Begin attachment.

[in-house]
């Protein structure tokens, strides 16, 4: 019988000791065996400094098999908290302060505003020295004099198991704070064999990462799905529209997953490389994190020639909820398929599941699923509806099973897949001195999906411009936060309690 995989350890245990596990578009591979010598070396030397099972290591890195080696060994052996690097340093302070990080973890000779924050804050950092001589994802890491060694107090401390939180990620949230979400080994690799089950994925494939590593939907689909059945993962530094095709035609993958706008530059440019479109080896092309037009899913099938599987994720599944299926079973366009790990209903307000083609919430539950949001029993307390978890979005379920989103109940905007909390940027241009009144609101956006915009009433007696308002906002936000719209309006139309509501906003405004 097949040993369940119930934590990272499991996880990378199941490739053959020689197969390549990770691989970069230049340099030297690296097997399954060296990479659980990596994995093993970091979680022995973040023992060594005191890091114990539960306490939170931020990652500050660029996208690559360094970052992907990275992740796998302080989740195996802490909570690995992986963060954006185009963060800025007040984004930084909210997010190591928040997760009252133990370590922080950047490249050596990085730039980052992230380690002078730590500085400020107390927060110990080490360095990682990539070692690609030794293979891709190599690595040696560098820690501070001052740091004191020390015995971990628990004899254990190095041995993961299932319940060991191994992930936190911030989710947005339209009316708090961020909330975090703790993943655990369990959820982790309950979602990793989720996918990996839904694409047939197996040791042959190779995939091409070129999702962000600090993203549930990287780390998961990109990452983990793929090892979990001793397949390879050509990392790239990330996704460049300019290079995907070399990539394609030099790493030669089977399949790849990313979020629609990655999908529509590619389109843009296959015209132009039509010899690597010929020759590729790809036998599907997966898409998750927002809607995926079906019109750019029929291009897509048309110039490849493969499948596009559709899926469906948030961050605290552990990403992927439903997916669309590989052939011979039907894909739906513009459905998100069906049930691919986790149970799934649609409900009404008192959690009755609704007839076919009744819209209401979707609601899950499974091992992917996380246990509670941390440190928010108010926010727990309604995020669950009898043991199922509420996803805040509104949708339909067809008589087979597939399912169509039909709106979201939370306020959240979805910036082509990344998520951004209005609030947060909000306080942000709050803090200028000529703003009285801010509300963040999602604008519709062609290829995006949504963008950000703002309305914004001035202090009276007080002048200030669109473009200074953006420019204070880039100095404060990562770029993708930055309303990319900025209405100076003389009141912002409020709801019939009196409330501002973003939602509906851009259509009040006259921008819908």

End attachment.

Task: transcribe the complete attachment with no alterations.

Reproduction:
[in-house]
């Protein structure tokens, strides 16, 4: 019988000791065996400094098999908290302060505003020295004099198991704070064999990462799905529209997953490389994190020639909820398929599941699923509806099973897949001195999906411009936060309690 995989350890245990596990578009591979010598070396030397099972290591890195080696060994052996690097340093302070990080973890000779924050804050950092001589994802890491060694107090401390939180990620949230979400080994690799089950994925494939590593939907689909059945993962530094095709035609993958706008530059440019479109080896092309037009899913099938599987994720599944299926079973366009790990209903307000083609919430539950949001029993307390978890979005379920989103109940905007909390940027241009009144609101956006915009009433007696308002906002936000719209309006139309509501906003405004 097949040993369940119930934590990272499991996880990378199941490739053959020689197969390549990770691989970069230049340099030297690296097997399954060296990479659980990596994995093993970091979680022995973040023992060594005191890091114990539960306490939170931020990652500050660029996208690559360094970052992907990275992740796998302080989740195996802490909570690995992986963060954006185009963060800025007040984004930084909210997010190591928040997760009252133990370590922080950047490249050596990085730039980052992230380690002078730590500085400020107390927060110990080490360095990682990539070692690609030794293979891709190599690595040696560098820690501070001052740091004191020390015995971990628990004899254990190095041995993961299932319940060991191994992930936190911030989710947005339209009316708090961020909330975090703790993943655990369990959820982790309950979602990793989720996918990996839904694409047939197996040791042959190779995939091409070129999702962000600090993203549930990287780390998961990109990452983990793929090892979990001793397949390879050509990392790239990330996704460049300019290079995907070399990539394609030099790493030669089977399949790849990313979020629609990655999908529509590619389109843009296959015209132009039509010899690597010929020759590729790809036998599907997966898409998750927002809607995926079906019109750019029929291009897509048309110039490849493969499948596009559709899926469906948030961050605290552990990403992927439903997916669309590989052939011979039907894909739906513009459905998100069906049930691919986790149970799934649609409900009404008192959690009755609704007839076919009744819209209401979707609601899950499974091992992917996380246990509670941390440190928010108010926010727990309604995020669950009898043991199922509420996803805040509104949708339909067809008589087979597939399912169509039909709106979201939370306020959240979805910036082509990344998520951004209005609030947060909000306080942000709050803090200028000529703003009285801010509300963040999602604008519709062609290829995006949504963008950000703002309305914004001035202090009276007080002048200030669109473009200074953006420019204070880039100095404060990562770029993708930055309303990319900025209405100076003389009141912002409020709801019939009196409330501002973003939602509906851009259509009040006259921008819908």